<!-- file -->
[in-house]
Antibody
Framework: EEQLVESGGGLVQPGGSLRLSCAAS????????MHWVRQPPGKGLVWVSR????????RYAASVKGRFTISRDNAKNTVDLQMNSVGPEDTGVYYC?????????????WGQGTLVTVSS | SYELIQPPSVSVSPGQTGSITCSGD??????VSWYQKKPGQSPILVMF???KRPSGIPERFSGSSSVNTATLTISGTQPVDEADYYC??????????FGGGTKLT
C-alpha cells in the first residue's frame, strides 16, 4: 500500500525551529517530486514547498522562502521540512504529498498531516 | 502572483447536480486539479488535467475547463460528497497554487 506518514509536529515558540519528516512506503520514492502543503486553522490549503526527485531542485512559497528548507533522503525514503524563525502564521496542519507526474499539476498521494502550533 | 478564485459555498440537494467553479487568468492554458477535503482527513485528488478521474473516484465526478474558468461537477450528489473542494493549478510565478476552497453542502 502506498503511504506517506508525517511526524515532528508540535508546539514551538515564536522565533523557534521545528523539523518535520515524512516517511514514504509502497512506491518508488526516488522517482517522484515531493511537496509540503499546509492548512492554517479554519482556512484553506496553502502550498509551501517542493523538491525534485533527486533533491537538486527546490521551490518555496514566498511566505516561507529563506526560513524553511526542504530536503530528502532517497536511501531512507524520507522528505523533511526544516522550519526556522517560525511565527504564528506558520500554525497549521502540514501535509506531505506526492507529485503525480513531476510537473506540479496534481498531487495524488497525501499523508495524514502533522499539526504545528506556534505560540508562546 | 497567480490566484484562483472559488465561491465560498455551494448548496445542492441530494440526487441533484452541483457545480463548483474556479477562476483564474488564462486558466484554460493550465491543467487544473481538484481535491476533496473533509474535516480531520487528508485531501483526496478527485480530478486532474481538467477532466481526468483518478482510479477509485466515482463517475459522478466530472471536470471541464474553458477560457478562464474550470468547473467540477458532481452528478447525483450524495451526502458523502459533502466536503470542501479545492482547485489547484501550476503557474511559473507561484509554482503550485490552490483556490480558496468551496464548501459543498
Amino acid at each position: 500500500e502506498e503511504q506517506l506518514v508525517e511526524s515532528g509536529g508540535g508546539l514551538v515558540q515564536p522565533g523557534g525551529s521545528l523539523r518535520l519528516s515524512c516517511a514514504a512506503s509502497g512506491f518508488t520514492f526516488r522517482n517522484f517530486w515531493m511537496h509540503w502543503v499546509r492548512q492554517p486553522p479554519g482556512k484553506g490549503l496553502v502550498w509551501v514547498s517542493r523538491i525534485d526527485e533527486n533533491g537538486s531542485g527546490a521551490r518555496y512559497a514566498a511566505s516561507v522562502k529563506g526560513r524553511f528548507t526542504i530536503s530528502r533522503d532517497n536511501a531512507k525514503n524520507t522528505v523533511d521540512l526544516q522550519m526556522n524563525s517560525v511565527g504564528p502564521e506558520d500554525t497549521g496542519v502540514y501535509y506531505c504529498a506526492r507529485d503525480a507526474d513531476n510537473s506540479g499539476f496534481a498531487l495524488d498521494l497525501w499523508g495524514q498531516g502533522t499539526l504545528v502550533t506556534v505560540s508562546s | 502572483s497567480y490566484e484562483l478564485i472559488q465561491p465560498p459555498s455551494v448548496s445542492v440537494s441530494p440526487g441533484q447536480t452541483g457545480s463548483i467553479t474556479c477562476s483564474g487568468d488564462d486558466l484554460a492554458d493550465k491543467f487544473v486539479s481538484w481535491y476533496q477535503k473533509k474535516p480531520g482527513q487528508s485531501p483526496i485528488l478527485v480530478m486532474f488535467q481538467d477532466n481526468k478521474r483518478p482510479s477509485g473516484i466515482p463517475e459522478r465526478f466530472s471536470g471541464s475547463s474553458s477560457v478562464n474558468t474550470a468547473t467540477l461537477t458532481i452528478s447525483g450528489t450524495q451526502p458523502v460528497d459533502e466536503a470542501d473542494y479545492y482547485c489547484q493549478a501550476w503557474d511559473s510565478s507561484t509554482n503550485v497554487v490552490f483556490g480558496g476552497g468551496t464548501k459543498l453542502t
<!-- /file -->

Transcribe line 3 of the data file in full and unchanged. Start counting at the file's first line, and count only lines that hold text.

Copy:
Framework: EEQLVESGGGLVQPGGSLRLSCAAS????????MHWVRQPPGKGLVWVSR????????RYAASVKGRFTISRDNAKNTVDLQMNSVGPEDTGVYYC?????????????WGQGTLVTVSS | SYELIQPPSVSVSPGQTGSITCSGD??????VSWYQKKPGQSPILVMF???KRPSGIPERFSGSSSVNTATLTISGTQPVDEADYYC??????????FGGGTKLT